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Curriculum

The Graduate Certificate in Spanish as a Heritage Language is a twelve (12) credit concentration open to students in all UH graduate, professional degree, and post-baccalaureate programs that requires the successful completion of four (4) Hispanic Studies graduate courses (12 credit hours) including:

  • SPAN 6389: Methods of Teaching Spanish to Heritage Learners
  • SPAN 6397: U.S. Hispanic Culture and Civilization
  • SPAN 6344: U.S. Hispanic Literature
  • SPAN 7393: U.S. Spanish: Sociolinguistic Aspects

Courses will be taught in 50% face-to-face and 50% hybrid format.

In the summers, the courses will be offered in the Summer IV session (July). Class meetings will alternate: three times one week and twice the following.

During the regular semesters, classes will meet face-to-face every other week during the evening.

Description of Courses

The four graduate level courses in Hispanic Studies needed to complete the certificate will be offered in a sequence during two summers and two long semesters

SPAN 6389: Teaching Spanish to Spanish Speakers.
Professor Marta Fairclough

he purpose of this course is to introduce students to the field of heritage language education, with an emphasis on the bilingual English-Spanish student of Hispanic heritage. Diverse aspects of heritage language maintenance and development are explored, including such topics as demographics, diversity, the standard variety and bidialectalism as well as relevant pedagogical issues. The course is conducted in Spanish and consists mainly of lectures, students’ presentations of selected readings, and a final research project based on fieldwork. Readings are in English and Spanish.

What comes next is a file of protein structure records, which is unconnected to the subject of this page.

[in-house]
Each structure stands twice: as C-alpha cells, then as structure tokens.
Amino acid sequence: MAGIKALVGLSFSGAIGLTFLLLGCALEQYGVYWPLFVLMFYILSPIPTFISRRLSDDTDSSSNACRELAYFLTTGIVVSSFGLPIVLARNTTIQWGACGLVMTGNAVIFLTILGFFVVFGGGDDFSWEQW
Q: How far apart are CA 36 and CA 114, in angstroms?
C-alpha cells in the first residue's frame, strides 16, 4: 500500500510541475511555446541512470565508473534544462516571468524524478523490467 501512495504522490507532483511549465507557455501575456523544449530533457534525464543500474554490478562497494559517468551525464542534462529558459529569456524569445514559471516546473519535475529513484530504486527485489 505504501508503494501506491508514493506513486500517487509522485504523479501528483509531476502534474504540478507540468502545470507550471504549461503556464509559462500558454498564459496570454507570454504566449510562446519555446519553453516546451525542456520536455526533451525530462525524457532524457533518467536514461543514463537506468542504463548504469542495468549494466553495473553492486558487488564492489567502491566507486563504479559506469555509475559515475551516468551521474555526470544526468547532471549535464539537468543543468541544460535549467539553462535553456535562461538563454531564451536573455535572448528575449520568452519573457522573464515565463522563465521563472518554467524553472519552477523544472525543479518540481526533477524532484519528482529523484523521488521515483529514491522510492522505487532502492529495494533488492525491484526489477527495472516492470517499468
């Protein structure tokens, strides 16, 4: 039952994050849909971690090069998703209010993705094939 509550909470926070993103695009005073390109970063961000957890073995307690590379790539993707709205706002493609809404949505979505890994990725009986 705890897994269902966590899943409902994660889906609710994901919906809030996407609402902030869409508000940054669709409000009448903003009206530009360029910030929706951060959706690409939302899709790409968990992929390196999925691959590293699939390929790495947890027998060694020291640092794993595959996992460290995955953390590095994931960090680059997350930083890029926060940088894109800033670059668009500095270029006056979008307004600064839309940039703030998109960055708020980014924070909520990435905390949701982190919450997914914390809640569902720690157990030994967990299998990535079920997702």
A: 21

SPAN 7393: U.S. Spanish: Sociolinguistic Aspects
Professor Manuel Gutiérrez

The course offers students a first approach to the knowledge of basic linguistic concepts as applied to the study of the live varieties of the Spanish language spoken in the United States. The course consists of a discussion of several linguistic and social aspects of Spanish in the United States by means of lectures and fieldwork in the Spanish-speaking communities of Texas. Presentations of selected readings will be required.

SPAN 6344: U.S. Hispanic Literature
Brown Foundation Professor Nicolás Kanellos

The course will teach students how to manage the technological, bibliographic, and text resources for understanding Hispanic literature and culture of the United States, within an historical context. Students will study periods, movements, themes, styles, authors, and literary works from the colonial period to the present, within the sociological and historical contexts. Oral as well as written literature will be studied. The goal is for students to learn to relate historical and contemporary texts to the language and culture of Spanish-language heritage learners. Additional skill acquired through this course are the ability to find and incorporate literary and folk texts in classrooms specifically for Spanish-language heritage learners.

Span 6397: U.S. Hispanic Culture and Civilization
Associate Professor Gabriela Baeza Ventura

In this course, students will learn the cultural history of Latinos in the United States through social, literary, and political topics. Students will have the opportunity to put in practice the theory learned in readings during class and will critically analyze literary works by writing and presenting on the material read in class. Course instruction will be in Spanish and readings will be in English and Spanish. Students will be assessed on weekly reflections on the readings, a mid term and final research project.